Any LA-area institution that is looking to start a new program in this field would be smart to research competing institutions to determine how they stack up in terms of pricing, facilities, faculty, internship opportunities, etc. It’d also be worth it to contact local employers to find out firsthand whether or not companies need more talent.
When Posting Intensity is High or Low
Posting intensity, or the number of duplicate postings per unique posting, can be a very helpful indicator of demand. When the ratio shows above-average intensity, it indicates that companies may be having a hard time filling those positions. (It could also mean something else entirely; perhaps prices for postings dropped, allowing companies to increase their posting intensity while staying within the same budget.)
High Posting Intensity
In the Philadelphia metro, the architectural and civil drafters occupation had a posting intensity ratio of 8:1 between February 2015 and July 2015, meaning that there were 8 duplicate postings for each unique posting (see below for month-by-month breakdown). The regional average for all occupations is 6:1. So, regional companies may be trying harder to hire for architectural and civil drafters than other occupations.
But average unique postings (53) are less than average monthly hires (78). So don’t let posting intensity hold too much weight; it can be misleading. What’s really going on?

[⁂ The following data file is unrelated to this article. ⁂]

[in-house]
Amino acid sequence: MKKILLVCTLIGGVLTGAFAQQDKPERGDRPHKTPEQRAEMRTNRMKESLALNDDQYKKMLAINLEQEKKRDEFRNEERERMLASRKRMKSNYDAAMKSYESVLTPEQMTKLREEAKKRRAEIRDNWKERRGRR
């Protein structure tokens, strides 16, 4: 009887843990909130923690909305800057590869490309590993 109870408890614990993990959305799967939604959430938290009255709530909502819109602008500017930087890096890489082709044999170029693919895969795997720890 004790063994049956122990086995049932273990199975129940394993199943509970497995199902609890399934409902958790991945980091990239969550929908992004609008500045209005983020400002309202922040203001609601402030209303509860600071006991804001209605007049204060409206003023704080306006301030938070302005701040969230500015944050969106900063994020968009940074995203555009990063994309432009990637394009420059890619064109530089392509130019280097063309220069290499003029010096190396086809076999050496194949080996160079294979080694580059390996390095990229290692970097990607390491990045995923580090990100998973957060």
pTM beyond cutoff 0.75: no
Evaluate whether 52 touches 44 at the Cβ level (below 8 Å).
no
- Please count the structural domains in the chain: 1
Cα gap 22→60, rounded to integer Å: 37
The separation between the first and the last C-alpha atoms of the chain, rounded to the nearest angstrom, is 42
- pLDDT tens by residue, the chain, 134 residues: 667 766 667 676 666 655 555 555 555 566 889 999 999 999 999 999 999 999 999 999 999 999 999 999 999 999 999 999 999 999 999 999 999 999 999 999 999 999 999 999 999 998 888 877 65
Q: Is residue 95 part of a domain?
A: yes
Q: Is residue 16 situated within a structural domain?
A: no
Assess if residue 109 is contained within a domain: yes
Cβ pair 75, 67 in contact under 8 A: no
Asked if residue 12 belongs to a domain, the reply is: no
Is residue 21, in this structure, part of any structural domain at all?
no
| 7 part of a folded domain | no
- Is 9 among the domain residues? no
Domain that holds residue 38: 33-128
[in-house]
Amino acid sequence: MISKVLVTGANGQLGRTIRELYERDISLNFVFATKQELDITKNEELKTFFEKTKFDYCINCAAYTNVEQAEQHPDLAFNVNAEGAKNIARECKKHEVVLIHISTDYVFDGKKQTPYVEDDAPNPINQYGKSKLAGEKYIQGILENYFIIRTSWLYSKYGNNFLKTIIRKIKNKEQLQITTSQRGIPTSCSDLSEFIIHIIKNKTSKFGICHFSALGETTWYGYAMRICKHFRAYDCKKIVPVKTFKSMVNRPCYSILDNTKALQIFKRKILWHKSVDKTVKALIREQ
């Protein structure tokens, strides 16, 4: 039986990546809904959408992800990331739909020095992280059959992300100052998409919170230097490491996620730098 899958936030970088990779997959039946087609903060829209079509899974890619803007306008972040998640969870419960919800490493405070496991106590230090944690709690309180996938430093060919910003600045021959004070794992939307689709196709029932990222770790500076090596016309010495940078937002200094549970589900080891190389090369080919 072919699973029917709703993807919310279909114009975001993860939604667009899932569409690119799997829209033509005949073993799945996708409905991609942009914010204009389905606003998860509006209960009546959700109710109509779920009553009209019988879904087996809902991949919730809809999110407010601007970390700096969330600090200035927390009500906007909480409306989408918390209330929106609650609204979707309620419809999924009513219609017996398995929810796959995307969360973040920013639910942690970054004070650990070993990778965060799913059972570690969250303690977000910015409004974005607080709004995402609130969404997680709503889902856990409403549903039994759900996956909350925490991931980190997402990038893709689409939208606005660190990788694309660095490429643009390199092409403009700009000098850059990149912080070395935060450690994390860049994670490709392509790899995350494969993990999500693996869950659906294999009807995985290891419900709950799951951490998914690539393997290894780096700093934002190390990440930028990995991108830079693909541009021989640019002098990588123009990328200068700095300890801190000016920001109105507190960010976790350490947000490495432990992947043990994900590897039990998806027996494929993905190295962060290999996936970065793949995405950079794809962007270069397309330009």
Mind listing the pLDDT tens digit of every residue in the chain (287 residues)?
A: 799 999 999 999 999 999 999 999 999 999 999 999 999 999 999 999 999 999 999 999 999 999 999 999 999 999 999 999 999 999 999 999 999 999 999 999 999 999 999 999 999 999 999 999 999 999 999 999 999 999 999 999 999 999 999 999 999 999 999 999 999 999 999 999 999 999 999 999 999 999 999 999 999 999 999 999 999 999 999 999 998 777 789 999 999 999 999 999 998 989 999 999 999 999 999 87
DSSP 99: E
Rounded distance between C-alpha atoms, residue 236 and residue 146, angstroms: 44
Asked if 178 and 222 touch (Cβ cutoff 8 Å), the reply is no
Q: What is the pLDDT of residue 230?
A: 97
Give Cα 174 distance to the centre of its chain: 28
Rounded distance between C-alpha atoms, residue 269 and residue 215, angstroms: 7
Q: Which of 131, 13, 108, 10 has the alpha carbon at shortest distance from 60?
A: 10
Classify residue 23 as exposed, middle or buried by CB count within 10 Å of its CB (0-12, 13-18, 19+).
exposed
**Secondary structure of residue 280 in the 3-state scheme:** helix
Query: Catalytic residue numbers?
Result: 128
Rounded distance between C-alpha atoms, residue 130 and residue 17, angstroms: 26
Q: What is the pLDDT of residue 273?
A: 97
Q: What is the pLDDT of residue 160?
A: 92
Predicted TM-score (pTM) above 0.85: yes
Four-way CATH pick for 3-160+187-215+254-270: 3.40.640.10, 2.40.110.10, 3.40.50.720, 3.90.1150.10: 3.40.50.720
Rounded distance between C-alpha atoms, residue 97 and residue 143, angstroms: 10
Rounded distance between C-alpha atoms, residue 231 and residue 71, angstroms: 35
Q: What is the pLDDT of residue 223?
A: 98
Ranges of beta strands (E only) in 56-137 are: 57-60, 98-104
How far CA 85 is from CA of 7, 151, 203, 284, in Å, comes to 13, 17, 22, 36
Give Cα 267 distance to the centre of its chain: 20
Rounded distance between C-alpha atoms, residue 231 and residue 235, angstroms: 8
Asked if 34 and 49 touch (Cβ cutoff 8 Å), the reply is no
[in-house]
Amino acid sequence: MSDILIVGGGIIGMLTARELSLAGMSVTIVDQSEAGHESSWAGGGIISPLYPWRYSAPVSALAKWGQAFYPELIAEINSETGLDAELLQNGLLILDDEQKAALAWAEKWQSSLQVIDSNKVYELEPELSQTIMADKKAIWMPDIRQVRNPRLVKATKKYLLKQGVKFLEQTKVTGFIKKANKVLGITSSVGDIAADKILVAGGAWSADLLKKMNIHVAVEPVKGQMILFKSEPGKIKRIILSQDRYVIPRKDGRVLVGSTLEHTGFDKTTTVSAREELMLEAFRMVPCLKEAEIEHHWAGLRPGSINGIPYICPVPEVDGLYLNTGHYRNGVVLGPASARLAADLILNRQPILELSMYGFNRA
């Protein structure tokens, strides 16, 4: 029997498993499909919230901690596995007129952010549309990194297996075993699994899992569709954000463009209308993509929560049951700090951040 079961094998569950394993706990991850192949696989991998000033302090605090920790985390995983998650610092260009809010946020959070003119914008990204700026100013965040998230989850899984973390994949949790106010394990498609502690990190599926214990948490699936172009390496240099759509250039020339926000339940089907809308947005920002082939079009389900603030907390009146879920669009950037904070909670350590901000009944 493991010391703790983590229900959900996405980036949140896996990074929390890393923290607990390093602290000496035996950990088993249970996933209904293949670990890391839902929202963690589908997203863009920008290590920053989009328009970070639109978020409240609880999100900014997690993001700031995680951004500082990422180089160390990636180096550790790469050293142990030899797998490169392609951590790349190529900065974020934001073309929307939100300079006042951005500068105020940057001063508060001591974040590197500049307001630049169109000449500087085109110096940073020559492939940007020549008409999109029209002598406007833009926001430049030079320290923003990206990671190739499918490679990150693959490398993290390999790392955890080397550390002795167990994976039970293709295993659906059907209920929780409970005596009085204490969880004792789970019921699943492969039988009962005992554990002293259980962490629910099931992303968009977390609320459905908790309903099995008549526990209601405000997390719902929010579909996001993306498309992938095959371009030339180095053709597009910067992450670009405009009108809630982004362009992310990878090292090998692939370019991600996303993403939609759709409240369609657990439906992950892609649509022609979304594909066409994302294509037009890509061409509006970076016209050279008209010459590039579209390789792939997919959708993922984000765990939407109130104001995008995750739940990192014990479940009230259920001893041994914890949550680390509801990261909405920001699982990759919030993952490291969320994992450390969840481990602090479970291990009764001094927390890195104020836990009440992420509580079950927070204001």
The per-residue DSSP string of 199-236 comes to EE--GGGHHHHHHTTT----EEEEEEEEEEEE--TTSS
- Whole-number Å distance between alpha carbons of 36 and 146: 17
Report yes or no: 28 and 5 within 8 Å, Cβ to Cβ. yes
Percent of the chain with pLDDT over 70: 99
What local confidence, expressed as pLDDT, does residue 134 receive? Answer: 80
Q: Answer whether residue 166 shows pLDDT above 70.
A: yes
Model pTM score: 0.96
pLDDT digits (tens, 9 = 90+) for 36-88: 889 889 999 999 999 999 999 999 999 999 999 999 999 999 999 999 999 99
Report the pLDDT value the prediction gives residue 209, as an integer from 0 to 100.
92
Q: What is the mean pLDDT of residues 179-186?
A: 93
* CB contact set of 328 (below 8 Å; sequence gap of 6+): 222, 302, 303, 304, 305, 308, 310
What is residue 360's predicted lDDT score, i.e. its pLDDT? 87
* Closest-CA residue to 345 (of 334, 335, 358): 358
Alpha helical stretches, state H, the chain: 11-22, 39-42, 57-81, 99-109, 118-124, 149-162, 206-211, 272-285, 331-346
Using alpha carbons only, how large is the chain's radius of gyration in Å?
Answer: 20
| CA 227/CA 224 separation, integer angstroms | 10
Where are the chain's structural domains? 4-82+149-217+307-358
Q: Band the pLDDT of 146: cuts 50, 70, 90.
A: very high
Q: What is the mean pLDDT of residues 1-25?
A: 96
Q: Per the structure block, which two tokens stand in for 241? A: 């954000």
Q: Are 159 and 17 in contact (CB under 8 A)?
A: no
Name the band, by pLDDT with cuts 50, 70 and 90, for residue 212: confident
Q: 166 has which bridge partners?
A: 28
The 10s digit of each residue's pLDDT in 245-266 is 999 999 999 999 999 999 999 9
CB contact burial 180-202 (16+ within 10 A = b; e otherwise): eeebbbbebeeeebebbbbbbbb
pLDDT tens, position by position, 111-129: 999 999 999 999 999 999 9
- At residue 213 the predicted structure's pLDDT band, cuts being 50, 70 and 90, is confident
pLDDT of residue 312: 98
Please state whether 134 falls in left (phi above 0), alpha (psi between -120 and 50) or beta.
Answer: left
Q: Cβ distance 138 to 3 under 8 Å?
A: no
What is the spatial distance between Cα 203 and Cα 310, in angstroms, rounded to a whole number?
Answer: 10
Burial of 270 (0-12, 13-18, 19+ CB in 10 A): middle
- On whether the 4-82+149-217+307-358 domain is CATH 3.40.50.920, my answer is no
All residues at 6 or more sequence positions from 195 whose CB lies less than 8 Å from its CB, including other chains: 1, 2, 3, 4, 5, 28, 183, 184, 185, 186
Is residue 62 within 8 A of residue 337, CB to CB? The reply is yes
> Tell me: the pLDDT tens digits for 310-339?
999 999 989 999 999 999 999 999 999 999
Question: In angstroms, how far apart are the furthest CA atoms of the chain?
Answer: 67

Between 2011 and 2015, architectural and civil drafter jobs declined 5% in Philadelphia, and these jobs are projected to decline 9% more between 2015 and 2020. Sometimes declines happen because companies can’t find workers to fill job openings. Other times, of course, occupations decline because there is less demand.
In this case, it might be helpful to look at national trends. In the United States, architectural and civil drafters grew 4% between 2011 and 2015, but—similarly to Philadelphia—this occupation is expected to decline 3% in the next five years. So, while high posting intensity seems to indicate that it has been difficult for companies to find workers, it is unlikely that this occupation is in very high demand.
Low Posting Intensity
Low posting intensity can also be deceiving. Computer network support specialist jobs are highly likely to be advertised online, even though these are associate-level positions. That’s because the desired applicant is computer literate, enjoys technology, and is likely to search for jobs online.
But in the Dallas metro, the computer network support specialist occupation has a posting intensity of 3:1 (see below for month-by-month breakdown). The average for all occupations in the area is 5:1.
Does this low posting intensity mean companies aren’t trying very hard to hire for this position? Let’s see if traditional labor market data can answer that question.
Computer network support specialist jobs have grown 13% between 2011 and 2015, growing from 7,126 to 8,026 jobs. That growth is projected to soften, adding only 152 jobs (2% growth) over the next five years. Meanwhile, there were approximately 915 relevant completions in Dallas in 2014. So it’s likely that companies don’t need to search high and low for applicants—and the area may not need more programs to train for it.
This is just another example of how you can use a variety of data sources in conjunction to produce actionable insights into the labor market, helping you to estimate demand and make better programming decisions.
- Contextualizing Real-Time and Traditional Labor Market Data: The Key Perspective That Hiring Data Provides and Practical Applications for Using Job Postings & LMI in Tandem
- Using Data to Estimate Demand for Occupations that Require a Bachelor’s Degree or Higher